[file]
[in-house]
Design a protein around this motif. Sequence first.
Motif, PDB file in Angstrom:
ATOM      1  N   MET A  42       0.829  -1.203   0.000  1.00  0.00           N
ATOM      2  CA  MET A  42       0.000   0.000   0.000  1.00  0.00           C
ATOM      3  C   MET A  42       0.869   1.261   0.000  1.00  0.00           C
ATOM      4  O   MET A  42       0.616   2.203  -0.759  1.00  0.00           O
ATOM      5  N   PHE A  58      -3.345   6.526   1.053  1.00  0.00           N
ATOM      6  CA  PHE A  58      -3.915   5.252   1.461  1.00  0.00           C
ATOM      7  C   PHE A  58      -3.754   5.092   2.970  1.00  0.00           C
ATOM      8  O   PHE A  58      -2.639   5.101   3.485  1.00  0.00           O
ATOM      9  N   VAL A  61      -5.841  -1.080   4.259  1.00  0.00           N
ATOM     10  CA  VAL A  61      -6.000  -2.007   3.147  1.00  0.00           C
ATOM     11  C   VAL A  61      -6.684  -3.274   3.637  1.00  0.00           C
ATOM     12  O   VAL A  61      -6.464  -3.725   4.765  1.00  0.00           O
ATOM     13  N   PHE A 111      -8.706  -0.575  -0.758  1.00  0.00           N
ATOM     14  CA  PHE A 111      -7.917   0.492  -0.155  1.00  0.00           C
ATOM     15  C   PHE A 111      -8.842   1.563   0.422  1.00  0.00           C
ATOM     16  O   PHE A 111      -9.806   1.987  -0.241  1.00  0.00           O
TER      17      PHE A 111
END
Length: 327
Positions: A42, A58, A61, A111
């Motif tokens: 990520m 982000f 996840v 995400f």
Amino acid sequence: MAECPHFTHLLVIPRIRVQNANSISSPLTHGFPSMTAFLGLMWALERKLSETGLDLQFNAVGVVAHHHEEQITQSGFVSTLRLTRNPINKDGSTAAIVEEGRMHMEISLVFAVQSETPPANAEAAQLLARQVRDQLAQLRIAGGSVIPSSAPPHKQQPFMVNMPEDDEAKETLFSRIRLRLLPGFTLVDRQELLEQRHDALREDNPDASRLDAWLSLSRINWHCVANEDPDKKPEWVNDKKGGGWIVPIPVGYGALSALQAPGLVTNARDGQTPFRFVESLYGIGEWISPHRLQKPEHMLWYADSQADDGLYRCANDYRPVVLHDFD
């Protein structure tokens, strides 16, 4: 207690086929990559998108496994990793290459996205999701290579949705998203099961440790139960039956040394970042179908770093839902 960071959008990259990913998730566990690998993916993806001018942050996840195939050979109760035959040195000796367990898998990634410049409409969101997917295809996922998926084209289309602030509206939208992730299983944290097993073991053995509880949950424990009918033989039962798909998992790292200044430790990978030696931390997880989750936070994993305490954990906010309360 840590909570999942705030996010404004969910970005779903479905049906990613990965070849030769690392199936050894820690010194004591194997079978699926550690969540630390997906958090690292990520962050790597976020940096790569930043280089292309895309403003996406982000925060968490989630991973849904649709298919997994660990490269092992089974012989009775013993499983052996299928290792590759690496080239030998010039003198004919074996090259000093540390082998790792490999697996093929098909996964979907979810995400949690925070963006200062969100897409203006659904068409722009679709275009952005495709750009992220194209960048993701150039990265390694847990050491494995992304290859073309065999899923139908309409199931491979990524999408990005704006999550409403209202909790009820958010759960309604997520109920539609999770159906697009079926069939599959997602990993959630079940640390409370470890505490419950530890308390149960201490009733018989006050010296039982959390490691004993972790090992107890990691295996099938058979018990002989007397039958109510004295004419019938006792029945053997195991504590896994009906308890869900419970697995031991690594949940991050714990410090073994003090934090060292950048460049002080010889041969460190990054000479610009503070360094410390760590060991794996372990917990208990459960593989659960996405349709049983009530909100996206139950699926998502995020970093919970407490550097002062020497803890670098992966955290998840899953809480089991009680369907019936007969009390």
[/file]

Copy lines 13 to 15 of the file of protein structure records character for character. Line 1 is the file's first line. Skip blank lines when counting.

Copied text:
ATOM     10  CA  VAL A  61      -6.000  -2.007   3.147  1.00  0.00           C
ATOM     11  C   VAL A  61      -6.684  -3.274   3.637  1.00  0.00           C
ATOM     12  O   VAL A  61      -6.464  -3.725   4.765  1.00  0.00           O